So I largely gave 42.3 a miss because it seemed virtually identical to 42.2. As a result, Leap 15.0 (KDE) was installed afresh.
I did like the new DVD menu boot screen. It was encouraging and surprising that the installer loaded without kernel panics without have to resort to fail-safe settings since this has always been the case with previous Leap/openSUSE versions. Since the installation program is based on YaST, the installation dialogue boxes haven’t changed much for the last 100 years, with the usual regional settings, partitioning, and user account setup.
As expected the
recommended partitioning' suggestion was ridiculous with a proposal being distributed across two of the five hard drives (the installer didn't see the previous Leap installation). I've noticed the subvolume proposal (BTRFS - sigh...) has been slightly simplified and the details are at first hidden in order not to frighten squeamish GNU/Linux newcomers. And expert partitioning’? Come on - you need to click this button in order install a vaguely sensible partition scheme, so please don’t patronise users and instead call it something sensible such as `custom partitioning’.
Within the partitioning program, I noticed the dialogue box for the mount options have become a lot slicker which is very good. However I find the main partitioning page unintuitive. If you select a hard drive in the listbox on the left, the main-page lists the partitions. However right-clicking on these partitions to edit them is disabled. Instead you have click on corresponding partition within the listbox then click edit. This is a poor design choice, because it means you lose sight of the overall partition organisation whenever you want to make any one change to single partition. A lack of thought gone into this dialogue box can also be seen in the main section because partitions are listed by purely unparsed string order - e.g. /dev/sda1, /dev/sda10, /dev/sda11, /dev/sda12, /dev/sda2, /dev/sda3 etc - which is very dangerous.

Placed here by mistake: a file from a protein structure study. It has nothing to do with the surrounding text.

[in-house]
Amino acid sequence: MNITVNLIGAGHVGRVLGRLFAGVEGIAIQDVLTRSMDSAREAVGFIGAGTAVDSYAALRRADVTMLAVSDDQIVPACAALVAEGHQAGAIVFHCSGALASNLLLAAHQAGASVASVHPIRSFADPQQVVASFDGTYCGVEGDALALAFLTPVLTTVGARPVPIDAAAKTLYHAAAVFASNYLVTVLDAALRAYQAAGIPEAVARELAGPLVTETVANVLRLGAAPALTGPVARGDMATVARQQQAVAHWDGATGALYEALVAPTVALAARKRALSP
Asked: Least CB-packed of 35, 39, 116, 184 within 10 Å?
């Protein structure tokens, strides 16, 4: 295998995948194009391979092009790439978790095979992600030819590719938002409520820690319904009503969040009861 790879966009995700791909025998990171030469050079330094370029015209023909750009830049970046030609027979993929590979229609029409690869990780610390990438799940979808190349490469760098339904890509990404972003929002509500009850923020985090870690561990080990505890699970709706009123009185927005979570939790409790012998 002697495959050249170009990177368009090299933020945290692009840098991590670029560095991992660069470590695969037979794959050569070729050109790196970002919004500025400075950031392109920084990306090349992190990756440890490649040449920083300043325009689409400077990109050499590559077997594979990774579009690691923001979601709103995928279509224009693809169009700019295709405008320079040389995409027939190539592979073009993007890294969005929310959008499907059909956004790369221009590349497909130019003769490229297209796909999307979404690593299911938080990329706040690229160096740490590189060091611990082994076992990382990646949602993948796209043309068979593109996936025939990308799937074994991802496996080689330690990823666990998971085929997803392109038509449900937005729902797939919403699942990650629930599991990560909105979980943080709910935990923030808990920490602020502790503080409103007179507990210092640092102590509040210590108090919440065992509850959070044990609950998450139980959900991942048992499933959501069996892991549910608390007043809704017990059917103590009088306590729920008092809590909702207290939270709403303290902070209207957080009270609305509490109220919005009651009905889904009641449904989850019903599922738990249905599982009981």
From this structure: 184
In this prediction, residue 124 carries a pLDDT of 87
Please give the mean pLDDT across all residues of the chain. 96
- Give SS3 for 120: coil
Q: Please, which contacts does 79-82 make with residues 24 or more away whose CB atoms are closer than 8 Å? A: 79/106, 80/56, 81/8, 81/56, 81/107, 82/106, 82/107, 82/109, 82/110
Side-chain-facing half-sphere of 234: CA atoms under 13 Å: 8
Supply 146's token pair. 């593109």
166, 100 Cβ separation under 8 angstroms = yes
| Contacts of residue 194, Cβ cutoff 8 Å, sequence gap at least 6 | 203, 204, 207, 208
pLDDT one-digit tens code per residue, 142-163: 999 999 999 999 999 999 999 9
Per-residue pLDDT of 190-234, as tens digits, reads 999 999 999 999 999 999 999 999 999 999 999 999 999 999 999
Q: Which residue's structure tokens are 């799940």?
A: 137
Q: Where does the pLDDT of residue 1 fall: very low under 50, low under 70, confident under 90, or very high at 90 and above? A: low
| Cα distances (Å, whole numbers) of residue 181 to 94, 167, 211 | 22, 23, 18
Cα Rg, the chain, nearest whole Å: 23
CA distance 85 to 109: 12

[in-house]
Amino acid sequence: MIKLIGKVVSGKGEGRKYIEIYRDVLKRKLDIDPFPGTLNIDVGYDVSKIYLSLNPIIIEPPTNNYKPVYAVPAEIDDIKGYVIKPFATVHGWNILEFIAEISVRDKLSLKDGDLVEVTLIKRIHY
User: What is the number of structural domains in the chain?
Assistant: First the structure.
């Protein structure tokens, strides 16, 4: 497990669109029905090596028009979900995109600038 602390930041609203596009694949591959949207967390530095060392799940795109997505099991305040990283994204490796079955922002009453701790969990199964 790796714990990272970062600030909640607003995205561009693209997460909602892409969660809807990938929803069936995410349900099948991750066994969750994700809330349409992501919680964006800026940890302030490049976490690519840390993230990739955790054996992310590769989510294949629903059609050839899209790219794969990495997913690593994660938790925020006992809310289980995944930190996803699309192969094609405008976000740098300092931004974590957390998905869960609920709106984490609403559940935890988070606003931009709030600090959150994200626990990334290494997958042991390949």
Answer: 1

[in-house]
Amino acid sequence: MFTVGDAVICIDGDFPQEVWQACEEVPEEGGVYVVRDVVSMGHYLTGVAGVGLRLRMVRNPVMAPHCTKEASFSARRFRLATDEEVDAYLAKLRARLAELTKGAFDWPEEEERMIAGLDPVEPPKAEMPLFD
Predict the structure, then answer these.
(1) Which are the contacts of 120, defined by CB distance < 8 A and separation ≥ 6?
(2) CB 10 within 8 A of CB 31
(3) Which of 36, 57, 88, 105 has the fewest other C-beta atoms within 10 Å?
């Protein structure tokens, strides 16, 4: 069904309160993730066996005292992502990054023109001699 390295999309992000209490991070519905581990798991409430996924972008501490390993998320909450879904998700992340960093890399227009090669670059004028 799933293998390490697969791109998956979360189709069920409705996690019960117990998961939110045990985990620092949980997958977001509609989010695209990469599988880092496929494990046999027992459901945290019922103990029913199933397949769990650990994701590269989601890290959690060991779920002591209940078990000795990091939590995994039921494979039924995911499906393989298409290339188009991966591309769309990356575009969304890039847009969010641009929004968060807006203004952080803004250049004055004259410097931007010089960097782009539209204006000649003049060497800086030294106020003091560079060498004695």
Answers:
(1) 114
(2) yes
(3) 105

Upon reboot, I found the new GRUB theme very attractive compared to the vile green screens of previous openSUSE versions. The new KDE Plasma desktop seems identical to previous version with just aesthetic changes to the loader screen (I like the filament lighting), login screen (with a green theme I liked), and wallpaper (which I did not so I’ve switched to plain black). I was surprised to see gcc not installed by default, and noticed there was also no Konqueror (or Falkon).
I was pleasantly surprised by the limited number of updates from
zypper up'. After adding by preferred repos (zypper ar’), I was able to install all programs (`zypper in’) - including ncmpcpp whose build fails in 42.3 - without any problems. As usual texlive installation comes with the usual 1000000 packages which no-one seems willing to group sensibly. I was shocked, in a good way, to see that the default gcc version has leapt from 4.8 to 7.3. This is excellent news. However the default python symlink still points to Python 2 rather than Python 3 which is a shame.
The nvidia blob installation for the driver, CUDA, and cuDNN libraries proceeded smoothly and I nearly have the system to how it was before installing Leap 15.0. It has been one of the most pain-free Leap upgrades I have ever performed and I’m impressed with the work from the openSUSE team. Except for the terrible partitioner, the installation program is fantastic. Drivers and software installed without a hitch, and at last Leap has left gcc 4.8 behind. As a result of these positive experiences, I still maintain that Leap is the best binary GNU/Linux distribution currently available.